He was also indicted a second Time of the same Parish, for taking a Pocket, Value 2 d. a Tortoise Shell Snuff-Box, value 10 s. 8 Shillings and 9 d. in Money, and a Watch, value 4 l. the Latter the Property of Thomas Smith , and other Things , from the Person of Phebe Ridings the same Day. Phebe Ridings depos'd, That on the Day mentioned in the Indictment between 11 and 12 a Clock at Night she was going along Chick-Lane , leaning on her Husbands Arm, and that the Prisoner, and two more, were going along; that the Prisoner came and violently pull'd off her Pocket, and her Husband ran after him and catch'd him, and that with the Violence of the Pull, he also tore off a Piece of her Apron from her side. A Watchman depos'd, That he hearing an Out-cry of stop Thief, went and found the Prisoner, he having run into a Brewhouse Yard, and laid hold on him, and the Pocket and Goods were afterwards found in the Place where the Prisoner was apprehended. Thomas Ridings depos'd, That as he and his Wife were going along Chick-Lane, a tall Fellow came and gave them a Jostle, and his Wife crying out her Pocket was pull'd off, he ran after the Prisoner, and took him hold by the Collar, and he had at that Time the Piece of his Wife's Apron, that he had torn off in pulling off her Pocket in his Hand, and the Pocket and Things were found at the Brewhouse, at the Place where the Prisoner was apprehended. The Fact being fully prov'd, the Jury found him guilty of the Indictment. Death .

John Gunner , of the Parish of St. Gregory , was indicted for feloniously stealing 11 Guineas, a broad Piece of Gold, and a Moidore, in the Dwelling-House of Theophilus Perkins , the 15th of April . The Prosecutor depos'd That he had several Times miss'd his Money out or a Scriptore, behind his Bar, and the Prisoner being his Servant , he gave him the Liberty of going out on Easter Monday, and having some Suspicion of him, desired a Smith, who was at his House, to open the Prisoner's Box; that he went home and fetch'd proper Tools, and having open'd his Box, found there 6 Guineas and the Moidore, which had a particular Mark, and he did positively swear to be his; That when the Prisoner came home, he examin'd him, and he confess'd he had taken it out of his Scriptore behind the Bar; and asking the Reason why he took it, he said he ow'd 8 s. to the Porter, and he would never let him alone, till he had robb'd his Master, and that at a certain Time, when his Master and Mistress were gone up Stairs, he told him, now he might go behind the Bar, and get the Cash. Atwell a Smith depos'd, That being at the Prosecutor's House, by his Desire he did fetch Tools, and open the Prisoner's Box, and there found 6 Guineas and the Moidore, which the Prosecutor said was his as soon as he look'd upon it. This was also confirm'd by another Evidence. The Fact being plainly prov'd, and the Prisoner having nothing to say in Contradiction to it, the Jury found him guilty of the Indictment. Death .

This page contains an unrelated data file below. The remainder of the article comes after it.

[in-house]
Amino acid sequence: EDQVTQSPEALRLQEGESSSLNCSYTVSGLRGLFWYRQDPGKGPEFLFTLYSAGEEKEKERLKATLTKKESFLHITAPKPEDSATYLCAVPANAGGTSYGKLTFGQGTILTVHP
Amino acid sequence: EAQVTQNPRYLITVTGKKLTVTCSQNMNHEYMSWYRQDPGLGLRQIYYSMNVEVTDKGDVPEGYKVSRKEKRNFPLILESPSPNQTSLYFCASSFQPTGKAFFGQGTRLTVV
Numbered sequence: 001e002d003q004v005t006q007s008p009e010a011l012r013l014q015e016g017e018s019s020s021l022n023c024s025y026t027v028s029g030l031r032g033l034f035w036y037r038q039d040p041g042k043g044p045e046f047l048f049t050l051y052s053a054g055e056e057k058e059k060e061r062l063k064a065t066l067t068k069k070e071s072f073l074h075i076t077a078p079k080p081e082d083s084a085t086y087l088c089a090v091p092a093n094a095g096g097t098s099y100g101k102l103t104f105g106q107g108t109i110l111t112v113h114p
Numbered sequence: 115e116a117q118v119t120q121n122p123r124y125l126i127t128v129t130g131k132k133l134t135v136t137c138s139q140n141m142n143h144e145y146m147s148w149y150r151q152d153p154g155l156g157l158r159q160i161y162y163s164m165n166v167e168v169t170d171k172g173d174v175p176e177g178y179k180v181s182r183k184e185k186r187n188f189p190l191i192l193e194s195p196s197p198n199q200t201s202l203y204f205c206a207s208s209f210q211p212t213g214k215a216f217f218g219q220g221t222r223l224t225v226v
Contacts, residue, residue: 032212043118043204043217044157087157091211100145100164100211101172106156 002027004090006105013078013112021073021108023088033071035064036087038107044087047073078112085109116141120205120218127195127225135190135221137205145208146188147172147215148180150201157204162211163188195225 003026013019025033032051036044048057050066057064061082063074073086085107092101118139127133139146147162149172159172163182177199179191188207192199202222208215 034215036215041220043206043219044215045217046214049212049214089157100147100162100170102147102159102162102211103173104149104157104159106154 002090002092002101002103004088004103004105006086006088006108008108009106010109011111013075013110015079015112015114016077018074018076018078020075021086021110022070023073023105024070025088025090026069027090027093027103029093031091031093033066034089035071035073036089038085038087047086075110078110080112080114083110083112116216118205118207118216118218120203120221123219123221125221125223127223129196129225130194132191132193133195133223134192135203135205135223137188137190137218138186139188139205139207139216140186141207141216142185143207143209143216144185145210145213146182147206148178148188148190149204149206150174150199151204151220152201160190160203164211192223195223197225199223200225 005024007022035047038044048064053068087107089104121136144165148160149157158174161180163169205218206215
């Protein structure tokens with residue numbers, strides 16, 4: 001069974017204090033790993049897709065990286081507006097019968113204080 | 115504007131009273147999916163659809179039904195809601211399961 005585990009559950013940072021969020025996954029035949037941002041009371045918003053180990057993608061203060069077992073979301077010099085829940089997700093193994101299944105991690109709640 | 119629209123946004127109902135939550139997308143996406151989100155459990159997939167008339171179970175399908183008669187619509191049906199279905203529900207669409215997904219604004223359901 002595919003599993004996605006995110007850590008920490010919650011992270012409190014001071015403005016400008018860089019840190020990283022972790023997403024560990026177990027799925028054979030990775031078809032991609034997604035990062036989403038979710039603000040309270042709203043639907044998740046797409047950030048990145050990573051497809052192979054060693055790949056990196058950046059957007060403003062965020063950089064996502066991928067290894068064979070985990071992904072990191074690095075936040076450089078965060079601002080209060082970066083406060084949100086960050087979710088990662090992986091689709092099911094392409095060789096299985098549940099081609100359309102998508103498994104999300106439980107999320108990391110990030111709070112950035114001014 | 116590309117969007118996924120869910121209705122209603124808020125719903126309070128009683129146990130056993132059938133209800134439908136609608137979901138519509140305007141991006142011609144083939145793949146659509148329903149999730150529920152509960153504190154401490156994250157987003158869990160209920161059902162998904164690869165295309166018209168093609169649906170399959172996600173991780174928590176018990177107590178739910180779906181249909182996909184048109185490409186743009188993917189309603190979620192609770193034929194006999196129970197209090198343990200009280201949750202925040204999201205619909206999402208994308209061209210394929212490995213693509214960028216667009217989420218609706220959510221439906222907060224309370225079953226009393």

Edward Joire , of the Parish of St. Michael's Cornhill , was indicted for violently assaulting and robbing Sarah Wood on the High-Way, and taking from her a Pocket, a Pair of Silver Buckles, a half Moidore, a Duccatoon, a broad Piece, and 7 l. 17 s. in Money , the 30th of August last. The Prosecutor depos'd, That she having her Sister by the Arm, the Day mentioned in the Indictment, was coming through Exchange-Alley , about 8 a Clock, and that some Body came by her side, gave her a violent Push, and she fell against the wall, and putting his Hand under her Petticoat pull'd off her Pocket, that it put her into a Fright, and such Disorder, that she did not recover her self in two Months.